She will play again on Wednesday as she faces French Open champion Jelena Ostapenko on Centre Court.

Meanwhile, world number one Angelique Kerber battled past Czech Kristyna Pliskova 4-6 6-1 7-5 in a wayward match to reach the third round.

Romanian world number two Simona Halep also had to come back from a set down to beat Chinese qualifier Duan Yingying 3-6 6-3 6-2.

Another Czech player, Barbora Strycova, stunned Spain’s Garbine Muguruza 6-1 6-0 in their second round match on court four.

British number three Heather Watson will take on Russia’s Anastasia Pavlyuchenkova later on Wednesday.

Konta powers into third round

Johanna Konta

Konta, who lost the Nottingham Open final to Donna Vekic earlier this month, is searching for her first grass title on home soil.

She last met Cirstea in an ill-tempered Fed Cup singles match in April, where Konta was reduced to tears by abuse from Romania captain Ilie Nastase.

But in front of her home crowd, Konta looked composed. She struggled with her second serve as she and Cirstea traded breaks, but she ensured the first hold of the match with a fine backhand down the line.

Despite the obvious power in Cirstea’s forehand, she could not meet enough of Konta’s returns, and the Briton sent down two aces as she clinched the first set.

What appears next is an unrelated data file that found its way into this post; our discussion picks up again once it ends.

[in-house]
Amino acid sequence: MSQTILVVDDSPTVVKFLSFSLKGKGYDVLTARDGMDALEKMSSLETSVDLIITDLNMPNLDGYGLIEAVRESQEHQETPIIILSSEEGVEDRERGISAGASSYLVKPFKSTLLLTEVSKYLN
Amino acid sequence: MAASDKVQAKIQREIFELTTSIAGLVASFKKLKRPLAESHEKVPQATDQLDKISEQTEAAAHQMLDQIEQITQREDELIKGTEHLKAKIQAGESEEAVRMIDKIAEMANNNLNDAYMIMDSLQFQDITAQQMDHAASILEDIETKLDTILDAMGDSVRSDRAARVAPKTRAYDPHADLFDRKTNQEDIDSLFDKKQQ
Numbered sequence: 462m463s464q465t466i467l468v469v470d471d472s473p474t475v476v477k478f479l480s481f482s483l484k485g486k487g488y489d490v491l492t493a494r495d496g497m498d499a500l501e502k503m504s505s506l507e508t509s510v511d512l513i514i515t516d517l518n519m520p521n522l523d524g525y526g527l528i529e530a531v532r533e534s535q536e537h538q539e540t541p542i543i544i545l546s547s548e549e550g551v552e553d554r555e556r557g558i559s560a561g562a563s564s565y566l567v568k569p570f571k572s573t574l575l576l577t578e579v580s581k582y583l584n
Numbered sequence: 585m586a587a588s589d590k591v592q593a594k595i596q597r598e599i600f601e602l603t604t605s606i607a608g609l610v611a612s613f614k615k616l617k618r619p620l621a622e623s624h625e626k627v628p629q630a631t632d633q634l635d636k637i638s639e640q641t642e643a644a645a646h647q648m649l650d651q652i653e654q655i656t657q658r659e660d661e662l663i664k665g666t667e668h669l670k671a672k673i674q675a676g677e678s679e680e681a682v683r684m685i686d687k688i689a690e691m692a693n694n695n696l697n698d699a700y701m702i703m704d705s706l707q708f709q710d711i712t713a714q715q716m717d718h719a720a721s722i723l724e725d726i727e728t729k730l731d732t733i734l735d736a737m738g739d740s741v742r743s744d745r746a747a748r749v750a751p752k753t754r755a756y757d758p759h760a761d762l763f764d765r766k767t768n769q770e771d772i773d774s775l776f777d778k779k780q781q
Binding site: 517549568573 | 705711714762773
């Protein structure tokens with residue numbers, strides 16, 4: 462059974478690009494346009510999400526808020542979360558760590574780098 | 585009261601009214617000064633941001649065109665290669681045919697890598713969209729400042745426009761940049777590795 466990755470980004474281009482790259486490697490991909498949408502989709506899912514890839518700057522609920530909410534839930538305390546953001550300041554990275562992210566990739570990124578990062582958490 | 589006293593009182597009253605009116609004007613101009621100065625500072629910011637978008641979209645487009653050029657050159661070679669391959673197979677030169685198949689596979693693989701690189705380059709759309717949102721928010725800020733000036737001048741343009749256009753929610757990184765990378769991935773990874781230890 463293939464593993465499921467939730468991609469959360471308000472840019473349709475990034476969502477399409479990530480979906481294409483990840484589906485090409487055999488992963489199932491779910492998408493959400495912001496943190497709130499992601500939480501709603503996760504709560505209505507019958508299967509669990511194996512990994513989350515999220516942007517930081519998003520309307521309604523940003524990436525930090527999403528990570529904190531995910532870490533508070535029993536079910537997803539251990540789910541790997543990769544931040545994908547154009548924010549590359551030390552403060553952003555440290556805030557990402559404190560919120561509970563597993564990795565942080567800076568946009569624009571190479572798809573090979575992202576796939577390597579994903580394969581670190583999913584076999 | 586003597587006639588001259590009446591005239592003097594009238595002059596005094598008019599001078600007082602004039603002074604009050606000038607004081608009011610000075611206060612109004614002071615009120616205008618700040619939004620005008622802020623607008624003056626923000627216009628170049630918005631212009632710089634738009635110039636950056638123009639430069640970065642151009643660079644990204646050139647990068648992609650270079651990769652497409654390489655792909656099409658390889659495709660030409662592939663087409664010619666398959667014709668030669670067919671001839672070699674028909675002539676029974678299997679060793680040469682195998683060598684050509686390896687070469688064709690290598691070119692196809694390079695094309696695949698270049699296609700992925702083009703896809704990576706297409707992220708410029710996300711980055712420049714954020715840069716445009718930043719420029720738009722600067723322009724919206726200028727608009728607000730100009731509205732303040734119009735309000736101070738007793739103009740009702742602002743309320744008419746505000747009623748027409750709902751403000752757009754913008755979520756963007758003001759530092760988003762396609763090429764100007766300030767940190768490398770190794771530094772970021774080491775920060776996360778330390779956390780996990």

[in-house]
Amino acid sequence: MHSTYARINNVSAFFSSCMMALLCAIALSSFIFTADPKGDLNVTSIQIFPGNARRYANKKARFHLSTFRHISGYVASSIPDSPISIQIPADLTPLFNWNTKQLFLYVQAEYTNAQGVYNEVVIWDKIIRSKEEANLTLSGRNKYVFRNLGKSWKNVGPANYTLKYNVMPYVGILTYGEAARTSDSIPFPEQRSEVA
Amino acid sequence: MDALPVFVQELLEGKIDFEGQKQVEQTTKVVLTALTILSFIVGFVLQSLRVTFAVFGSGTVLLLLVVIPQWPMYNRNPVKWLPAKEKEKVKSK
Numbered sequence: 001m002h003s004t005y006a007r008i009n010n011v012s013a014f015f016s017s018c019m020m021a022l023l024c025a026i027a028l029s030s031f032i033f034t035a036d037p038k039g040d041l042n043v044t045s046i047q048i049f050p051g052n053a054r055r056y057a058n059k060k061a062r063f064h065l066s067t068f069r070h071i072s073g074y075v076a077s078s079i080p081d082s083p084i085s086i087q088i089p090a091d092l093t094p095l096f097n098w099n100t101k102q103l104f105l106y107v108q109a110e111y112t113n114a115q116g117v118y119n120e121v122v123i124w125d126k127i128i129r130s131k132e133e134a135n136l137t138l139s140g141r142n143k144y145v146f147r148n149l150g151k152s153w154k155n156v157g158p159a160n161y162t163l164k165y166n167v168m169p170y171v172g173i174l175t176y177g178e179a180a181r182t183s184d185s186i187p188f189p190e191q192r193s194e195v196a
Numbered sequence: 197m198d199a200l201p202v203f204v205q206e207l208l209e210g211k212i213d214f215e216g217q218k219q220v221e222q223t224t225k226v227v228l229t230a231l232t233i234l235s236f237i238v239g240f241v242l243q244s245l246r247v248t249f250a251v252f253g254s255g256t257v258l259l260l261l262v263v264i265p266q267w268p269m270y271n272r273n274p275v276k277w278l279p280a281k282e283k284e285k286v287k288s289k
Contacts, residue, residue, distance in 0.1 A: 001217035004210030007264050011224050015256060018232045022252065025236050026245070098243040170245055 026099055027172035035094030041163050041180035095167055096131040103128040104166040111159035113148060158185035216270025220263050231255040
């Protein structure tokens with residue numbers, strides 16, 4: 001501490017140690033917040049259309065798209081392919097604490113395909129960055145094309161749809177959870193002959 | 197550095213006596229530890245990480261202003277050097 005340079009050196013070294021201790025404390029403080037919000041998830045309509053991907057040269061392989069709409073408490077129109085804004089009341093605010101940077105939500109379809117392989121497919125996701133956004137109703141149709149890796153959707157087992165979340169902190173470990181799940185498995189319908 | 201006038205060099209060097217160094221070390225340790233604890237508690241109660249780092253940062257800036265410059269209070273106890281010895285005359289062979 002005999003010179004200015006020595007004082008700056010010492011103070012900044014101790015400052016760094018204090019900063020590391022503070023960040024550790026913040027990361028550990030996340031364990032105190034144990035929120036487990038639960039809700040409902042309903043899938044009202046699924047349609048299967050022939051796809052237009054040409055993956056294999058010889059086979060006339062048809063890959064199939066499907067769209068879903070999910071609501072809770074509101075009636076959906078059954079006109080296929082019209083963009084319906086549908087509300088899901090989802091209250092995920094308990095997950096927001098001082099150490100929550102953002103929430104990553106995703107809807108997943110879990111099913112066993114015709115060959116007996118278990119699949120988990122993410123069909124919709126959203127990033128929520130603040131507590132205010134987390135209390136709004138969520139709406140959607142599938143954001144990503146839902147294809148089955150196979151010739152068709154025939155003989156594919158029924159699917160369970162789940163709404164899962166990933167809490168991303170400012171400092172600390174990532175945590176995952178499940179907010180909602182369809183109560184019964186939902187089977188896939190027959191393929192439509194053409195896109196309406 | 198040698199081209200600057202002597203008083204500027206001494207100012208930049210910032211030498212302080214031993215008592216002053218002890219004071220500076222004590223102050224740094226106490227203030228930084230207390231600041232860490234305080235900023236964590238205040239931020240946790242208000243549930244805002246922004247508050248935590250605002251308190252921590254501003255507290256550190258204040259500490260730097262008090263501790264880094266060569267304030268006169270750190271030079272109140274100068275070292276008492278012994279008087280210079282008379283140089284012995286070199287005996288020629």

Cirstea’s first service game in the second set was a tight encounter as she struggled to return Konta’s speedy forehands, and Konta broke on the second attempt.

In a dominant performance, Konta won seven games in a row as she moved to 4-0 and, despite a worrying slip on the grass, she wrapped up the match in quick time.

Elsewhere, compatriot Laura Robson suffered a 6-4 2-6 6-4 defeat by Russia’s Ekaterina Alexandrova in the first round of the Aegon Southsea Trophy.

Kerber edges Pliskova encounter

Angelique Kerber

Kerber, who won the Australian and US Open in 2016, has won 20 and lost 13 of her 33 matches during a difficult year.

She was beaten in the first round of the French Open and in the fourth round at Melbourne as she defended her title, and has yet to win a WTA title in 2017.

Kerber made an inauspicious start in Eastbourne, outmuscled by the forehand of the world number 44, but her opponent lost power as the second set progressed.

Pliskova cut a frustrated figure as she lost her rhythm and also received medical attention after seemingly being stung on her left arm, which saw a sluggishness creep into her game.

The final set was error-strewn, with neither player showing any real quality, but the tension got to Pliskova first as she allowed Kerber to break through a messy game at 5-5.

Her forehand lost power and eventually Kerber served out the match to set up a third-round meeting with Spain’s Lara Arruabarrena.

“The first round is always tough and I think it was a good match for both of us. I was focusing on playing point by point and I’m happy that I’m through,” Kerber told Eurosport.